Based on the film Mrs Henderson Presents, the show has a new collection of songs by with lyrics by Don Black and music by George Fenton and Simon Chamberlain, who were also responsible for the film’s soundtrack.
The widowed Mrs Laura Henderson has been left a heap of money, but doesn’t want to spend it on the charities supported by her friends among the great and the good. Instead she happens on a derelict theatre, buys it on a whim, engages a theatrical producer down on his luck and selling socks, and so Revuedeville is born. The Windmill, famous for keeping its doors open throughout the war, also brought a sort of Folies Bergeres glamour to the London stage, providing troops on leave and depressed natives with a chance to see naked women – just as long as they didn’t move from the tableaux in which they were positioned.
Terry Johnson’s production at Bath, where it plays until 5th September before a West End transfer, brings all the wit, thrills, excitement and mounting fear of war to the stage, on a spectacularly atmospheric set designed by Tim Shortall.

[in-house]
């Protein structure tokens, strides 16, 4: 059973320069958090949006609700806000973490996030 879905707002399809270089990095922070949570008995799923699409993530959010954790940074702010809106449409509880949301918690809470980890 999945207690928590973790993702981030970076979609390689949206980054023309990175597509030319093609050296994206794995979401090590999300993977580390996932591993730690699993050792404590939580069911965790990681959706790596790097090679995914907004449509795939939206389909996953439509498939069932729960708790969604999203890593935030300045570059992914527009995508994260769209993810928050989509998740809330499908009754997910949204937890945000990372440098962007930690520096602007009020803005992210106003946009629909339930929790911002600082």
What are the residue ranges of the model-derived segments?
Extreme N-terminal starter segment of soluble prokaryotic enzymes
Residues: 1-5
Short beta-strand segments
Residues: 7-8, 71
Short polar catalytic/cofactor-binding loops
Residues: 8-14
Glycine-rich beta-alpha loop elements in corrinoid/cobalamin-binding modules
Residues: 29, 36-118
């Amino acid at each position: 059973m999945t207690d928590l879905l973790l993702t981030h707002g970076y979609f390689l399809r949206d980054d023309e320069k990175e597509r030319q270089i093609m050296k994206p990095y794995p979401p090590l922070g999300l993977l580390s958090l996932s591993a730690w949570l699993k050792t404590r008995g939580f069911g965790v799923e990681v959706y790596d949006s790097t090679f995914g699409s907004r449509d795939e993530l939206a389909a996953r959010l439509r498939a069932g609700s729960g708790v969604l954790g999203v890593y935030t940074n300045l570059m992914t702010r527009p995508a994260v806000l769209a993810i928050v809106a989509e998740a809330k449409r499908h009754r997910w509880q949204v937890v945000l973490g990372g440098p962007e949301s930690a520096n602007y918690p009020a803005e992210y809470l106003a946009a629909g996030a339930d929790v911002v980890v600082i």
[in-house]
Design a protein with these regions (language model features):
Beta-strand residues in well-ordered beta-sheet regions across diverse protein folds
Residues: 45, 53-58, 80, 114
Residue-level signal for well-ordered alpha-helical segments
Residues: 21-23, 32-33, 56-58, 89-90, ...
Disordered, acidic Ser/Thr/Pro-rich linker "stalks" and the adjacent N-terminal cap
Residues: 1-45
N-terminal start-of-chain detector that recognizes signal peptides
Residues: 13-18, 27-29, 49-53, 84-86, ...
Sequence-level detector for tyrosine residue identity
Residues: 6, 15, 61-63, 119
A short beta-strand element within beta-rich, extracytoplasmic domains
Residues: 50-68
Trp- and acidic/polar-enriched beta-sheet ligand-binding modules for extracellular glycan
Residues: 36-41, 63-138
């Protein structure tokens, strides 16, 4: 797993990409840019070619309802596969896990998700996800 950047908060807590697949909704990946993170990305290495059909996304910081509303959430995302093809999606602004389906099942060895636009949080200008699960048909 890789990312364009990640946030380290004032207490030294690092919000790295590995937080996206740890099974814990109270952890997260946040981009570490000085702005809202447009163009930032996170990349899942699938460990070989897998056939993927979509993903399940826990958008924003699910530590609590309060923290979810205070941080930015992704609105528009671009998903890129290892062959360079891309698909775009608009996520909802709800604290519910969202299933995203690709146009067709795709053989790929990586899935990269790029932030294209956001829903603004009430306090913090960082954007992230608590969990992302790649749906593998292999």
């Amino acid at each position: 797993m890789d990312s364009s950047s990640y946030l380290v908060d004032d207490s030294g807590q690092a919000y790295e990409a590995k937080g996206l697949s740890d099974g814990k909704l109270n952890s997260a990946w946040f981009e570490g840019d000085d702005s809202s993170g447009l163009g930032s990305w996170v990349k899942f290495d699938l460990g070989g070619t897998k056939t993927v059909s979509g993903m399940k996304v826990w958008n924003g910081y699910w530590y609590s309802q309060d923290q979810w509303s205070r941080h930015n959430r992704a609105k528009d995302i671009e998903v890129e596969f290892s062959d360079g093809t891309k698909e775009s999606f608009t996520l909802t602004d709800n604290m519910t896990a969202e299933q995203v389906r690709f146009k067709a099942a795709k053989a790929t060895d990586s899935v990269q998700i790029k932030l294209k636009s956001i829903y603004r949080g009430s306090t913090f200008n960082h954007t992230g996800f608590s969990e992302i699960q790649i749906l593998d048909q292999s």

Tracie Bennett is the loveable Mrs H, relishing some killer one-liners in Terry Johnson’s accurate script, which mixes Cockney, upper class and theatrical with charm and accuracy.
Avoiding the pitfalls of the one dimensional musical star, Ian Bartholomew makes Van Damm a complex and recognisable character, and Emma Williams all but brought the house down as Maureen, the tea-girl whose loyalty and courage inspired the rest of the showline.
Andrew Wright’s choreography makes The Lord Chamberlain’s Song and Anything But Young delightfully memorable, and his big chorus numbers are equally stylish.
You won’t forget the songs If Mountains Were Easy to Climb or What a Waste of a Moon quickly, either.
Photographs by Nobby Clark